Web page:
Lloyd Melton has a motto for his Original Biscuits Restaurants that promises “good old-fashioned cooking ‘the way it was meant to be.’”
It also seems it was meant to be that he finally would realize a long-held dream of landing a location in Sun Lakes.
“I’ve been going out there a lot,” explained the Lakewood resident, “and I always said I’d love to have a location out here, but there was never any place available. I wasn’t going to build but if I could find a building, I would do it. I’ve had a lot of restaurants, but I’ve never built one from scratch.”
And that opportunity came recently when he saw a vacant building that once housed a Kentucky Fried Chicken.
And this week, that building at 9542 E. Riggs Roads joins his Original Biscuits restaurants at 1815 E. Elliot Road, Tempe, and 4623 E. Elliot Road, Ahwatukee, in offering identical menus and hours: 7 a.m.-2 p.m. seven days a week, though on Friday hours are extended to make way for the all-you-can-eat fish fry, served noon-8 p.m.
And all three restaurants offer the same 10 percent discount any time for veterans and active military – something that Melton, himself a veteran, wouldn’t think of not offering.
Melton named his restaurants after the fluffy biscuits that, with the homemade gravy, have won numerous accolades in “best of” voting competitions.
Using local ingredients with no preservatives whenever possible, Melton prides himself on his breakfast and lunch items. “My food is a lot more like Paul Dean than lean cuisine,” he said.
His Southern style fish fry also has won numerous kudos and usually packs the house on Fridays with patrons who have become hooked on his use of 100 percent crackermeal breading on individually frozen pieces of Alaskan cod.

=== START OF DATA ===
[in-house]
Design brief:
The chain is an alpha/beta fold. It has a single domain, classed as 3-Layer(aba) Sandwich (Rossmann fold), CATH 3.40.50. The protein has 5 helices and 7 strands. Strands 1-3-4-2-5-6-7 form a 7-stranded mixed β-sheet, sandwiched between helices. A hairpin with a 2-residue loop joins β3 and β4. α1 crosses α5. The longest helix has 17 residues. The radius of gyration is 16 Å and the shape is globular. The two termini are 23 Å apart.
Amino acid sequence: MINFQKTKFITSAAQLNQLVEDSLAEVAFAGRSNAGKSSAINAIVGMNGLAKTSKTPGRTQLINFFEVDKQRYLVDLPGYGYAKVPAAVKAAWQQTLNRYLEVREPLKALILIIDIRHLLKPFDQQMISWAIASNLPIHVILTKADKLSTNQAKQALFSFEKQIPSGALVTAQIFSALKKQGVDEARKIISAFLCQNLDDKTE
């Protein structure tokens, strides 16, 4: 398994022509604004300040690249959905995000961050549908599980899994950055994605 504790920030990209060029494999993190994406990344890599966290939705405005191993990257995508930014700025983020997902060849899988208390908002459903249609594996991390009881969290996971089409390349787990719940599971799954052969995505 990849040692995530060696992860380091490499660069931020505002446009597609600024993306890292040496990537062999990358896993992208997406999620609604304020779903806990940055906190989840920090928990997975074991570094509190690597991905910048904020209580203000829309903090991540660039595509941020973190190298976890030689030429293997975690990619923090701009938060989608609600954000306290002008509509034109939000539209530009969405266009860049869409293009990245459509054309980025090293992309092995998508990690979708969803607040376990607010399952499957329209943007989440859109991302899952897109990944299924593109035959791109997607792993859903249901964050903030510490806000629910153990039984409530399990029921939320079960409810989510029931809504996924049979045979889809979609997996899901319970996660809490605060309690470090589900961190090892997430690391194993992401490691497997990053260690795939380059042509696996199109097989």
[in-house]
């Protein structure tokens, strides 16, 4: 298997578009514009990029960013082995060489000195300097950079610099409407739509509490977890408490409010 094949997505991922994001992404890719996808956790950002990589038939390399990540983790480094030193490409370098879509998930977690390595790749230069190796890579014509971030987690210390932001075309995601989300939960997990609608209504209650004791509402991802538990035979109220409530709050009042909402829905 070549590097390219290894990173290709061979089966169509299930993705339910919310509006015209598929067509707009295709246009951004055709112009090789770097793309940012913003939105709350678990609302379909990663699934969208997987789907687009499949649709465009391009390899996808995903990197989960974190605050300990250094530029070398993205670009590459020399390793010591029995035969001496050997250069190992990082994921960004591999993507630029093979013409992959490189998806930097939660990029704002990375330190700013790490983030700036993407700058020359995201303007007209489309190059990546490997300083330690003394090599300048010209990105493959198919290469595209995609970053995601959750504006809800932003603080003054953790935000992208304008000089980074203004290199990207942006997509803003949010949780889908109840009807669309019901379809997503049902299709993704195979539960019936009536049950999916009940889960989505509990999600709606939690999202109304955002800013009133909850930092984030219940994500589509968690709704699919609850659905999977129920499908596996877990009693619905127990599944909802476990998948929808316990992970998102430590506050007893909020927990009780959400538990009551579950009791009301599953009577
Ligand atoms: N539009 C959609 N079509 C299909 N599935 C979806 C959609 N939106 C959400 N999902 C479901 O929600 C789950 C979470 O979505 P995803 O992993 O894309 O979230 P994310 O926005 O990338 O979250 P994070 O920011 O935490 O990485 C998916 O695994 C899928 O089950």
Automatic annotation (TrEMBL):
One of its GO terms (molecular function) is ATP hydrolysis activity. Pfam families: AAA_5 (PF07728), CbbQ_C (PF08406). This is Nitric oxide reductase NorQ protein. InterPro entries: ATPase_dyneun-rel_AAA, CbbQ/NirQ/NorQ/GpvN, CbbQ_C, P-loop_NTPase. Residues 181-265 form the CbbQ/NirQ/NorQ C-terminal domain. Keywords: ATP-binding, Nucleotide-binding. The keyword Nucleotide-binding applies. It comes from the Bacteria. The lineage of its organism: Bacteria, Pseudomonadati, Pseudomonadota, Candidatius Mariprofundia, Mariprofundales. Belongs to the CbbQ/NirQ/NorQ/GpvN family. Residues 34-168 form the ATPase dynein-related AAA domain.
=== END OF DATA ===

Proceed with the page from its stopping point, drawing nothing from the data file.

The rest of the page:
Also popular are his meatloaf and liver and onions, although he notes that his hamburgers and ribeye steaks have won awards, thanks to a secret rub that he has used in other restaurants he has owned. In all, Melton has owned eight different types of restaurants, picking up nine awards.
He also takes special pride in his staff, which he personally trains with an emphasis on efficiency and friendliness, schooling them in the best practices he’s developed over years in the restaurant business.
And he treats them well to keep staff turnover low, explaining, “Most of my employees have been with me five, six, nine, 10 years. They have a life. They come to work at 7 and go home at 2, so if their grandmother’s taking care of kids, they’re not out till 1 in the morning. Every holiday, they’re home.”
“I feel so lucky with the staff I have,” he said.
“Good help is hard to find. It’s harder now than ever before,” Melton said. “They’ve been offered a lot more money to go different places.”
But most of his employees stay with him, he added, because “they know they’re going to get treated with respect and get a fair wage.”
“If you don’t know that much about the restaurant business, it’s hard to be successful at it,” Melton said.
“You better know the front of the house, the back of the house and the outhouse. A lot of these places, you see them folding not long after they open up. You got an 87 percent failure rate. Unless you really love it or know it, I think you’re not going to have a successful restaurant,” he added.
Not surprisingly, surviving the pandemic was a monumental challenge.
He installed a drive-thru window at the Ahwatukee location to help keep his patrons when restaurants were forced to offer only takeout service last year.
“I have such a nice, loyal clientele and a lot of them kept coming,” he said
And after restaurants were allowed to offer inside dining again, a grateful Melton was pleased to see his patrons return.
“All my regular customers, thank God, and my friends in the service – they all came back as soon as they could,” Melton said. “I just am so lucky to have a very good, loyal customer base. It made it easier or better for me to survive.”
That loyalty comes largely from the personal interest that Melton takes in the food because he knows that remains the main attraction.
Sometimes he will even work in the kitchen. Other times, he makes a surprise visit to his restaurants and taste tests to make sure his recipes are followed.
Above all, he notes, “My motto is give people good food at a fair price.”
And he stresses quality at a reasonable price.
“You know, it takes money to make money,” Melton reflected. “You can’t give the guys cheap food and charge a high price.”
“If I give people good food at a fair price and treat them right, they’re going to come back. Why should they go anywhere else?”